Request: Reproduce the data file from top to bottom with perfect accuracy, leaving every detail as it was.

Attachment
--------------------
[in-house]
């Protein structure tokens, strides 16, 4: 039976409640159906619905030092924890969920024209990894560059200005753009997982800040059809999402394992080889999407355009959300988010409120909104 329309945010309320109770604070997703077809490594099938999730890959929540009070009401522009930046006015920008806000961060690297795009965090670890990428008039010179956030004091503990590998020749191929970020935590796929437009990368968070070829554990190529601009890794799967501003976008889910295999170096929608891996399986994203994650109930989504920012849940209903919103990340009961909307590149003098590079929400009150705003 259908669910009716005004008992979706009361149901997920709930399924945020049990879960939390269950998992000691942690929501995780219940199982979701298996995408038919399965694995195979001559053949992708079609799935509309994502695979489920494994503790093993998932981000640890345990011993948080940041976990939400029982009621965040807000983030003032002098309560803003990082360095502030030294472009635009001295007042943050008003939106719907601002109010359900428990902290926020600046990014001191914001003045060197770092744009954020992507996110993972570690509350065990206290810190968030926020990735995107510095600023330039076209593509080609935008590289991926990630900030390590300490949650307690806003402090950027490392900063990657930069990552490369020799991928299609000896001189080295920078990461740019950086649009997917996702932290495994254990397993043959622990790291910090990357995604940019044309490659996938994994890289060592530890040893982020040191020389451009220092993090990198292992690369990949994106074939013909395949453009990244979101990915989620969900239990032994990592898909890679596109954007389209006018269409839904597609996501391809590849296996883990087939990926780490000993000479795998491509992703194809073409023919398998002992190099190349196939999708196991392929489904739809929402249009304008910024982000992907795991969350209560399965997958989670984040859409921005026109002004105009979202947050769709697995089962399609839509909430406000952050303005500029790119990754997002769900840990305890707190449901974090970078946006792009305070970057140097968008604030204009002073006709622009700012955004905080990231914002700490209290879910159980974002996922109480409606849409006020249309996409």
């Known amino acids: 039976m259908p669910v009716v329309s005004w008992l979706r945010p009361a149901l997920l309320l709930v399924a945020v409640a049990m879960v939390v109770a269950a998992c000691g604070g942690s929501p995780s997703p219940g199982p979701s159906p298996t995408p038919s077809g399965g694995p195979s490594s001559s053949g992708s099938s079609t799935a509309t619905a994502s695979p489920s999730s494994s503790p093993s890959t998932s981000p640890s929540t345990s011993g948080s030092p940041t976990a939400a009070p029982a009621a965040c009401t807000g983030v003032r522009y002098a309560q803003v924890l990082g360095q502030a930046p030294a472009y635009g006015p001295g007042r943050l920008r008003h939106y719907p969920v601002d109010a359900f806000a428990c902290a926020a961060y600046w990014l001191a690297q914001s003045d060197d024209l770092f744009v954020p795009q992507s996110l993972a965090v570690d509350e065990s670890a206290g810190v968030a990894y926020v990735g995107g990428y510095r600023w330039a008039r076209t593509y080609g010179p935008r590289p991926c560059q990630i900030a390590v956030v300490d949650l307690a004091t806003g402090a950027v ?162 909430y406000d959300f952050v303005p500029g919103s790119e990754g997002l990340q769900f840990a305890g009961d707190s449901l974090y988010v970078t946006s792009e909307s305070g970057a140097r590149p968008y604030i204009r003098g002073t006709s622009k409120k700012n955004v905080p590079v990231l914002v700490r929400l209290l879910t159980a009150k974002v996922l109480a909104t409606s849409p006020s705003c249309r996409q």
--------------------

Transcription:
[in-house]
């Protein structure tokens, strides 16, 4: 039976409640159906619905030092924890969920024209990894560059200005753009997982800040059809999402394992080889999407355009959300988010409120909104 329309945010309320109770604070997703077809490594099938999730890959929540009070009401522009930046006015920008806000961060690297795009965090670890990428008039010179956030004091503990590998020749191929970020935590796929437009990368968070070829554990190529601009890794799967501003976008889910295999170096929608891996399986994203994650109930989504920012849940209903919103990340009961909307590149003098590079929400009150705003 259908669910009716005004008992979706009361149901997920709930399924945020049990879960939390269950998992000691942690929501995780219940199982979701298996995408038919399965694995195979001559053949992708079609799935509309994502695979489920494994503790093993998932981000640890345990011993948080940041976990939400029982009621965040807000983030003032002098309560803003990082360095502030030294472009635009001295007042943050008003939106719907601002109010359900428990902290926020600046990014001191914001003045060197770092744009954020992507996110993972570690509350065990206290810190968030926020990735995107510095600023330039076209593509080609935008590289991926990630900030390590300490949650307690806003402090950027490392900063990657930069990552490369020799991928299609000896001189080295920078990461740019950086649009997917996702932290495994254990397993043959622990790291910090990357995604940019044309490659996938994994890289060592530890040893982020040191020389451009220092993090990198292992690369990949994106074939013909395949453009990244979101990915989620969900239990032994990592898909890679596109954007389209006018269409839904597609996501391809590849296996883990087939990926780490000993000479795998491509992703194809073409023919398998002992190099190349196939999708196991392929489904739809929402249009304008910024982000992907795991969350209560399965997958989670984040859409921005026109002004105009979202947050769709697995089962399609839509909430406000952050303005500029790119990754997002769900840990305890707190449901974090970078946006792009305070970057140097968008604030204009002073006709622009700012955004905080990231914002700490209290879910159980974002996922109480409606849409006020249309996409």
């Known amino acids: 039976m259908p669910v009716v329309s005004w008992l979706r945010p009361a149901l997920l309320l709930v399924a945020v409640a049990m879960v939390v109770a269950a998992c000691g604070g942690s929501p995780s997703p219940g199982p979701s159906p298996t995408p038919s077809g399965g694995p195979s490594s001559s053949g992708s099938s079609t799935a509309t619905a994502s695979p489920s999730s494994s503790p093993s890959t998932s981000p640890s929540t345990s011993g948080s030092p940041t976990a939400a009070p029982a009621a965040c009401t807000g983030v003032r522009y002098a309560q803003v924890l990082g360095q502030a930046p030294a472009y635009g006015p001295g007042r943050l920008r008003h939106y719907p969920v601002d109010a359900f806000a428990c902290a926020a961060y600046w990014l001191a690297q914001s003045d060197d024209l770092f744009v954020p795009q992507s996110l993972a965090v570690d509350e065990s670890a206290g810190v968030a990894y926020v990735g995107g990428y510095r600023w330039a008039r076209t593509y080609g010179p935008r590289p991926c560059q990630i900030a390590v956030v300490d949650l307690a004091t806003g402090a950027v ?162 909430y406000d959300f952050v303005p500029g919103s790119e990754g997002l990340q769900f840990a305890g009961d707190s449901l974090y988010v970078t946006s792009e909307s305070g970057a140097r590149p968008y604030i204009r003098g002073t006709s622009k409120k700012n955004v905080p590079v990231l914002v700490r929400l209290l879910t159980a009150k974002v996922l109480a909104t409606s849409p006020s705003c249309r996409q």